A few years ago, we produced the Taschen book, Bob’s World, which focuses on Mizer's color photographs in the 1980's. And we are now working on a book featuring images from the Foundation category.

You said being the caretaker of Mizer's estate - and now guiding the Bob Mizer Foundation - will likely consume several decades of your life. Why are you doing this?

Well, there are so many reasons.

The misconception persists today that the struggle for gay equality rights in America began on June 28, 1969 with the Stonewall Riots. Since the mid-1940's, Mizer was fighting for gay rights by battling censorship and the morals of his day. He served time in prison and endured numerous legal battles for the right to photograph adult men in the manner he chose.

With his photographs, Mizer was a trailblazer in the commercialization of male imagery whose sole purpose was to let viewers gaze at male beauty. He created and distributed Physique Pictorial, the first magazine in the world specifically designed to make these images available to anyone interested in them. And you can now see his work's influence on mainstream culture, such as in Bruce Weber’s sometimes controversial photo campaigns for Abercrombie & Fitch. It’s homoeroticism for the masses.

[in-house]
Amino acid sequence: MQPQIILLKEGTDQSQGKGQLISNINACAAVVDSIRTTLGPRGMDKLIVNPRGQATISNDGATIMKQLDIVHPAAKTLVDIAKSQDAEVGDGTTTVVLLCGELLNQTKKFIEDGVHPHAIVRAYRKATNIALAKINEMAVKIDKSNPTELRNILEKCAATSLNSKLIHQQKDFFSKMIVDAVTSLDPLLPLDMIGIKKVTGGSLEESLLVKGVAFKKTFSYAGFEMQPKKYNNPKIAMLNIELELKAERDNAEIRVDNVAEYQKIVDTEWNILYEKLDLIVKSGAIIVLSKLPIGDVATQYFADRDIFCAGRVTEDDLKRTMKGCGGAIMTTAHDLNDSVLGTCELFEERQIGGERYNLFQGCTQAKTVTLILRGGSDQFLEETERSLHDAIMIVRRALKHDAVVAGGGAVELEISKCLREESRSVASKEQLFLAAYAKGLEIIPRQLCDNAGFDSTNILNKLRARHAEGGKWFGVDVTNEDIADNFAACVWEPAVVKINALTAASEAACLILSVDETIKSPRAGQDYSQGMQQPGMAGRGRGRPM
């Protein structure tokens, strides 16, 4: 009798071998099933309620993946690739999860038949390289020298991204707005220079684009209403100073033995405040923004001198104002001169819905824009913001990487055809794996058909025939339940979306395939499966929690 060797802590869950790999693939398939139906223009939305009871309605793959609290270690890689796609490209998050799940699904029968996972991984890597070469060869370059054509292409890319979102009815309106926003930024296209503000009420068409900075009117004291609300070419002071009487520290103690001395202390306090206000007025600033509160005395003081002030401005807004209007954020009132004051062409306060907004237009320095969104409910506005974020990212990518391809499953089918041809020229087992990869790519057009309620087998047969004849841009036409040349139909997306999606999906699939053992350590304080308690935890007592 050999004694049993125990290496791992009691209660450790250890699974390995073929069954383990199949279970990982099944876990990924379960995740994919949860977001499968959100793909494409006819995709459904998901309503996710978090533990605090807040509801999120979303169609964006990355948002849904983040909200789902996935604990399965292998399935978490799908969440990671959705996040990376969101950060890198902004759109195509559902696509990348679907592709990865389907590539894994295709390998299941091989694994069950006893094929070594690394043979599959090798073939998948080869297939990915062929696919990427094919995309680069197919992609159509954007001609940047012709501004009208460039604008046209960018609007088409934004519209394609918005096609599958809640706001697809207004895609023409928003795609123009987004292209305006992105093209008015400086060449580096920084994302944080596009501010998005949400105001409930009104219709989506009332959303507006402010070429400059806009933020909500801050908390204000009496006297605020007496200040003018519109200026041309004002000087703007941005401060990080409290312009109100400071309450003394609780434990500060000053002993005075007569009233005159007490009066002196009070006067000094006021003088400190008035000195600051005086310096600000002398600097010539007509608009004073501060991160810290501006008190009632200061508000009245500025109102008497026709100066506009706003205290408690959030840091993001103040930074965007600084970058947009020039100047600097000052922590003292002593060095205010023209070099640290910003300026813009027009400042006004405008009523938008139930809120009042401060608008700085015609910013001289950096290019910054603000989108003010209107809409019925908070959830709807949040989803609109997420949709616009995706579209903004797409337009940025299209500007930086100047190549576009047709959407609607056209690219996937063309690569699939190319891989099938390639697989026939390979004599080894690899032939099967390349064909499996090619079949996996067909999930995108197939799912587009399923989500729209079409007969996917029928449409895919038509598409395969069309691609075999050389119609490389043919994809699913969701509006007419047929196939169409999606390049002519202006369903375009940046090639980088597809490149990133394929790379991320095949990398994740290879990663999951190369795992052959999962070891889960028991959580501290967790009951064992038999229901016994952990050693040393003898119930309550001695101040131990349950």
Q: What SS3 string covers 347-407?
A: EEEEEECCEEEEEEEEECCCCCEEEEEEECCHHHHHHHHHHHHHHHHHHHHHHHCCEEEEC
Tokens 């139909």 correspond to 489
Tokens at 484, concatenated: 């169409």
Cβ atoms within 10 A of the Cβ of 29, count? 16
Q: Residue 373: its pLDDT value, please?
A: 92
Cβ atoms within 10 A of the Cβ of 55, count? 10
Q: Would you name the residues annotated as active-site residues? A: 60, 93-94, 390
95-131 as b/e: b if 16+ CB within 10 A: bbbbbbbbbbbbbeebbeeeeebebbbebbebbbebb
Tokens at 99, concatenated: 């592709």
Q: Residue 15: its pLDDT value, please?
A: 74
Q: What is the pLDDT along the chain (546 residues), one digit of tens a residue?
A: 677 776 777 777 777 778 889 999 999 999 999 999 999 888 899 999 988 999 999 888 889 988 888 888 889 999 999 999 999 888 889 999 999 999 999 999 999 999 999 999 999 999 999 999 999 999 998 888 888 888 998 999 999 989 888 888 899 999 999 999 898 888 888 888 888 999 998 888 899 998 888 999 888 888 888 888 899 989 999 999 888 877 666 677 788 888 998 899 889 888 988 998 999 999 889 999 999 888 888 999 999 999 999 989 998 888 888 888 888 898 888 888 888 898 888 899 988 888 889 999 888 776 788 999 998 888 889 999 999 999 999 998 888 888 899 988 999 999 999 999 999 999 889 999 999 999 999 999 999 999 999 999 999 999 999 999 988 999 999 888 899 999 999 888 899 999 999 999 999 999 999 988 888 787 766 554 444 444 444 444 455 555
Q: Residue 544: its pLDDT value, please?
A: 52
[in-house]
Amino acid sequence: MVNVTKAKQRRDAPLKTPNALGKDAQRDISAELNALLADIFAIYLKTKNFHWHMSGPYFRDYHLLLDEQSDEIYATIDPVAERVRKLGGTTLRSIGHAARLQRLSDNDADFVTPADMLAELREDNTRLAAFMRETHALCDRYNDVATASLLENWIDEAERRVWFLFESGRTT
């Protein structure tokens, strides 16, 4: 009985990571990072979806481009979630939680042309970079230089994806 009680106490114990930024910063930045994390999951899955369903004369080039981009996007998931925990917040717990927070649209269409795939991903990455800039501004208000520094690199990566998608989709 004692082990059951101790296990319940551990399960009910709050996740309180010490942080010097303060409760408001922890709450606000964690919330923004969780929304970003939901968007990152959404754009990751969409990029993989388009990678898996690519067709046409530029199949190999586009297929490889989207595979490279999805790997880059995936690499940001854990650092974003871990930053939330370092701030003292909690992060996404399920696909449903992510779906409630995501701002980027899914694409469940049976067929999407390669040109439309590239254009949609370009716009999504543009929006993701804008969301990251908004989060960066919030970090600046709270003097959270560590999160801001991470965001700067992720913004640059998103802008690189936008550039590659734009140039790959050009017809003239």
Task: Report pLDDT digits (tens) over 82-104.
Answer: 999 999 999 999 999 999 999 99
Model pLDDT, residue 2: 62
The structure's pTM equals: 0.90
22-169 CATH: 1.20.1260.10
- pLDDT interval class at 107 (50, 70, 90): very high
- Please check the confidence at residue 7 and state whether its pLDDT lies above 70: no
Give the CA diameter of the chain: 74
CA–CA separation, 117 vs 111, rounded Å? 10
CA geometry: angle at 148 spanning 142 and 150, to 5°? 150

Before Mizer, men and women wanting to view the male form had access only to bodybuilding magazines, art study books by Tony Sansone and Eugen Sandow, and underground photographs by a handful of artists such as Paul Cadmus and George Platt-Lynes.

In the 1950's, Mizer featured in Physique Pictorial homoerotic painters like George Quaintance and Etienne, who sometimes produced paintings directly from AMG photographs. David Hockney visited AMG in the 1960's, loved Mizer's photographs of models in showers and created a whole series of paintings about them. Tom of Finland was first published in Physique Pictorial and, though they didn't meet in person for years, began a lifelong friendship with Mizer. Lesser known artists were frequently featured in the magazine, like one of your favorite models, Andrew Kozak, whose primitive-style paintings dating to the late 1940's are still with the Foundation today.

I'm also doing this to showcase all of Mizer's photographs, including the ones outside his physique photography, so that everyone can see what a great artist he was.

And I don't want it to be forgotten that the Athletic Model Guild was more than likely the world's largest, longest-running physique studio, that one man ran it, and it was almost lost forever.

You can help support the Bob Mizer Foundation by donating directly at its Kickstarter campaign and website. There you will find more information on Bob Mizer, the Athletic Model Guild and the Foundation, including its mailing address for your donations and updates on gallery shows, screenings and lectures.

Friday, June 8, 2012

Detour to Tank Hill

In early May, 2012, I was walking home from the Haight, where I'd picked up lunch at Cole Valley Cafe. On a whim, I detoured to the top of Tank Hill, a city park nearly in the center of San Francisco.

I ate lunch there and used my iPhone to shoot this video.